import java.io.*; import java.util.*; class Graph{ long V; LinkedList<Long> adj[]; private boolean[] visited; private long result=0; Graph(long v){ V=v; adj=new LinkedList[(int)v]; visited=new boolean[(int)v]; for (int i=0; i<(int)v; ++i) adj[i] = new LinkedList(); } public void addEdge(long v, long w){ adj[(int)v].add(w); } public long dfsUtil(int v, long size){ visited[v]=true; Iterator<Long> i = adj[v].listIterator(); while(i.hasNext()){ long n=i.next(); size++; dfsUtil((int)n, size); } return size; } public void DFS(){ result=0; long siz=0; long sum=0; for(int i=0; i<V; i++){ if(visited[i]==false){ siz=dfsUtil(i, 1); result=result+sum*siz; sum=sum+siz; } } } public long getResult(){ return result; } } public class Solution { public static void main(String[] args) throws Exception{ BufferedReader bfr = new BufferedReader(new InputStreamReader(System.in)); String[] temp = bfr.readLine().split(" "); long N = Long.parseLong(temp[0]); long I = Long.parseLong(temp[1]); Graph g = new Graph(N); for(int i = 0; i < I; i++){ temp = bfr.readLine().split(" "); long a = Long.parseLong(temp[0]); long b = Long.parseLong(temp[1]); g.addEdge(a, b); } g.DFS(); long combinations = g.getResult(); System.out.println(combinations); } }
da_201612051 + 0 comments Use BigInteger. Numbers can be very large
dnozay + 1 comment I had the same issue (same testcases failing: #2, #3, #5, #7, #8, #9 and #13). Here's a hint: check what answers you get for these 2 testcases.
6 3 1 2 3 2 4 2 6 3 2 1 2 3 2 4
sgrebenkin + 0 comments Thanks)
siddiquiraees + 1 comment  @da_201612102 you are Missing 2 Things
 Your AddEdge() should add both the edges since this is undirected graph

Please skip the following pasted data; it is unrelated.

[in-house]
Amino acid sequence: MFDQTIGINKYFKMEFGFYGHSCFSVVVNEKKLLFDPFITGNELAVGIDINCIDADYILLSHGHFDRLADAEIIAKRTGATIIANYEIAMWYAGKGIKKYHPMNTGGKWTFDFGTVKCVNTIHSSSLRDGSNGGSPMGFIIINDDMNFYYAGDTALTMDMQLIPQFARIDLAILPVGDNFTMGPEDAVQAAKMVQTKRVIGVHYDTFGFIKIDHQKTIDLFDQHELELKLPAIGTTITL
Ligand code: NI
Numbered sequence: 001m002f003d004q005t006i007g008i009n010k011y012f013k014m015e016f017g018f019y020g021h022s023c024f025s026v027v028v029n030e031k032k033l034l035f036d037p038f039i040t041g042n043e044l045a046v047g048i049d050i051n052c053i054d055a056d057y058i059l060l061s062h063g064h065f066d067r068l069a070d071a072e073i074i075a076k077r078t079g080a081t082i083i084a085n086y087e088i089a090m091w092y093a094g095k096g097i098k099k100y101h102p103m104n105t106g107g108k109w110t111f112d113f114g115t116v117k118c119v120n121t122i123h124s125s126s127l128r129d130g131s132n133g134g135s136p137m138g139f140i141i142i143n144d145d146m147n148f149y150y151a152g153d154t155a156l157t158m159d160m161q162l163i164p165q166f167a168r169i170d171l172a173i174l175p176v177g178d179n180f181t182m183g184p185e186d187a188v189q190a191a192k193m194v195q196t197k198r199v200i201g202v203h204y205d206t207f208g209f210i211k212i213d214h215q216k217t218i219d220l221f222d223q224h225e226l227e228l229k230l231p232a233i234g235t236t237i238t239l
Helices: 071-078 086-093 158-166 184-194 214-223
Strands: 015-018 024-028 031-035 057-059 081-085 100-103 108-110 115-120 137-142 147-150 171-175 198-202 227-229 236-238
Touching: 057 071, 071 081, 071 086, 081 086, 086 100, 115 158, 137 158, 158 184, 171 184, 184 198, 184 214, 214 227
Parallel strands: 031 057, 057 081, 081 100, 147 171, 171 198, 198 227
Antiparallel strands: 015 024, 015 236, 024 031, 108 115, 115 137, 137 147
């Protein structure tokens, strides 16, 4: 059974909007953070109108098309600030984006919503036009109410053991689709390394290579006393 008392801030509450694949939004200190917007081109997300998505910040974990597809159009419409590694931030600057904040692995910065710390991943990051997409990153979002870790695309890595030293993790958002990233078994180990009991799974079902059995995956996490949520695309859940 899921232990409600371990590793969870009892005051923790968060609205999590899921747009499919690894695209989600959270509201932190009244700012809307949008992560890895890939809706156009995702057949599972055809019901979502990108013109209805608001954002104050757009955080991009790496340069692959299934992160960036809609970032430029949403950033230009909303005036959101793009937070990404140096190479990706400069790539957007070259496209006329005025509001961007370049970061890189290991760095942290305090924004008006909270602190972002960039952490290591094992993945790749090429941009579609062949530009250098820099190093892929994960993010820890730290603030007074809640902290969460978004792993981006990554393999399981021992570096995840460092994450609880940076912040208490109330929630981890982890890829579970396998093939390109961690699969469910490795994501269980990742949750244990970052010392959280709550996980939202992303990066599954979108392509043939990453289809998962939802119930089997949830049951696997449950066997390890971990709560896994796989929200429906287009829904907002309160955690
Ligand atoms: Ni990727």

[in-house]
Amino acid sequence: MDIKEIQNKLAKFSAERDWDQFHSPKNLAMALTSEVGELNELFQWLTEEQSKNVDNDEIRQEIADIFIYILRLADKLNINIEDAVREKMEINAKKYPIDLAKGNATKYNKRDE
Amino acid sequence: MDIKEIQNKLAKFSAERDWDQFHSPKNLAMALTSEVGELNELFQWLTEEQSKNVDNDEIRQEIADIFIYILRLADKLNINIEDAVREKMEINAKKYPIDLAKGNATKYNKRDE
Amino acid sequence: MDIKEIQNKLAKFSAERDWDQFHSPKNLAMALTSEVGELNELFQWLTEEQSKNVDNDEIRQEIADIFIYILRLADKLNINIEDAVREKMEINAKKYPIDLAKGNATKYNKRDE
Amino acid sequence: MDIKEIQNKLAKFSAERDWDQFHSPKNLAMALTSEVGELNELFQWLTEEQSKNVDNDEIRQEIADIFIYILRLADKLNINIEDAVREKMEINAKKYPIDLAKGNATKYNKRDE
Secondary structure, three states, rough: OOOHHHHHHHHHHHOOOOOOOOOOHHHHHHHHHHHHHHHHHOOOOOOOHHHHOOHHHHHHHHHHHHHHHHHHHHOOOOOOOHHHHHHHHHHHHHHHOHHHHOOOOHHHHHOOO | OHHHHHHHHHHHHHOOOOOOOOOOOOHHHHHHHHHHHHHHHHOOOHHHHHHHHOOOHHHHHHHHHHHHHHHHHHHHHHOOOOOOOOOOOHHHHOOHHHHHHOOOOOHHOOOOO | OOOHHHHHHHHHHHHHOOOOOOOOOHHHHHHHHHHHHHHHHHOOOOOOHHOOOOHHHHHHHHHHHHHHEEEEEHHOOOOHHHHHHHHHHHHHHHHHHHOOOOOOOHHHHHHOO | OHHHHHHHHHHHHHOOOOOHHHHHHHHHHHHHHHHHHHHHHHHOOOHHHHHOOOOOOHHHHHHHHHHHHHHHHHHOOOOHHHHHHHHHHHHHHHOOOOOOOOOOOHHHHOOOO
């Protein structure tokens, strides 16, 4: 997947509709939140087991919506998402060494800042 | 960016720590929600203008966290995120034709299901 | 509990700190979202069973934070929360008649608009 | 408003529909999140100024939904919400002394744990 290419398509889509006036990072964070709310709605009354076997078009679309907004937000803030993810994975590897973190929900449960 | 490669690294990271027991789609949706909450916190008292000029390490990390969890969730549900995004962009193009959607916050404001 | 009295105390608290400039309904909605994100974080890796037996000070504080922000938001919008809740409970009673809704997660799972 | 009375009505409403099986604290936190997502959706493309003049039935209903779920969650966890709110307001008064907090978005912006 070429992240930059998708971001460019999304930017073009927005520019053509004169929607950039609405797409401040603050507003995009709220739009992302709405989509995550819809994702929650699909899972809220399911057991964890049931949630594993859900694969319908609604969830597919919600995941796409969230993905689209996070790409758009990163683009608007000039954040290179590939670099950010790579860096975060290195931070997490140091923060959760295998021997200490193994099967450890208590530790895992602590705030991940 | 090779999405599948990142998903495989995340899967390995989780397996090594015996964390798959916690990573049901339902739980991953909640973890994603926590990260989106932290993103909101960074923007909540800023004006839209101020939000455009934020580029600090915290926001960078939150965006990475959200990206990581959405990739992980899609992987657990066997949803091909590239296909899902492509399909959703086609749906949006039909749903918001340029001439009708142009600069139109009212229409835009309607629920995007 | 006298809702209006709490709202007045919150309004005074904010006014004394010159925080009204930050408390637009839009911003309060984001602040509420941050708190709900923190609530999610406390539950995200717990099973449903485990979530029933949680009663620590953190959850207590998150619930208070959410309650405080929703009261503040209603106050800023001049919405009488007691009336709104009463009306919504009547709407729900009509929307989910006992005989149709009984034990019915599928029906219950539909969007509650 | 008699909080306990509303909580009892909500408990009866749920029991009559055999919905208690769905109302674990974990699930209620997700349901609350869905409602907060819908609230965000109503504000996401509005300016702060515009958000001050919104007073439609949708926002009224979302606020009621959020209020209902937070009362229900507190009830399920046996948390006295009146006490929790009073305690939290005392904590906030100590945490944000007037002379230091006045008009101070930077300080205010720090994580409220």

adj[v].add(w); adj[w].add(v);
2.in your DfsUtil() if(visisted[n]==false) then DfsUtil(n) this needs to be added
vjvjain0 + 0 comments Thanks alot
 @da_201612102 you are Missing 2 Things
shanur_cse_nitap + 0 comments BigInteger is not required
public class Solution { public static void main(String[] args) throws InterruptedException { Scanner x = new Scanner(System.in); int N, P; N = x.nextInt(); P = x.nextInt(); Graph g = new Graph(N); for (int i = 0; i < P; i++) { g.addEdge(x.nextInt(), x.nextInt()); } System.out.println(g.solve()); x.close(); } } class Graph{ static int V; static boolean visited[]; HashMap<Integer, ArrayList<Integer>> graph; Graph(int V){ this.V = V; visited = new boolean[V]; graph = new HashMap<>(); for (int i = 0; i < V; i++) { graph.put(i, new ArrayList<>()); } } public void addEdge(int s, int d) { graph.get(s).add(d); graph.get(d).add(s); } public int DFS(int s) { int count = 1; visited[s] = true; for (Integer i : graph.get(s)) { if(!visited[i]) { count+=DFS(i); } } return count; } public ArrayList<Integer> traversal(){ ArrayList<Integer> countrySizes = new ArrayList<>(); for (int i = 0; i < visited.length; i++) { if(!visited[i]) countrySizes.add(DFS(i)); } return countrySizes; } public long solve() { ArrayList<Integer> countrySizes = traversal(); long sum = 0, result=0; for(int size : countrySizes){ result += sum*size; sum += size; } return result; } }
bing_tome + 0 comments edges are bidirectional. You have added edge in one direction. Code looks good only
tiger069 + 1 comment I did same thing after applying BFS, but I am getting timeout error in 11th testcase.
nikita_sah + 1 comment same. how did you solve it?
tiger069 + 1 comment sadly I could not improve it. Did you try same method like me Or did you try disjoint set principle ?
adarshawasthi851 + 0 comments return type of default code should be long
nikita_sah + 2 comments time out for case 11. all others pass. can anyone help?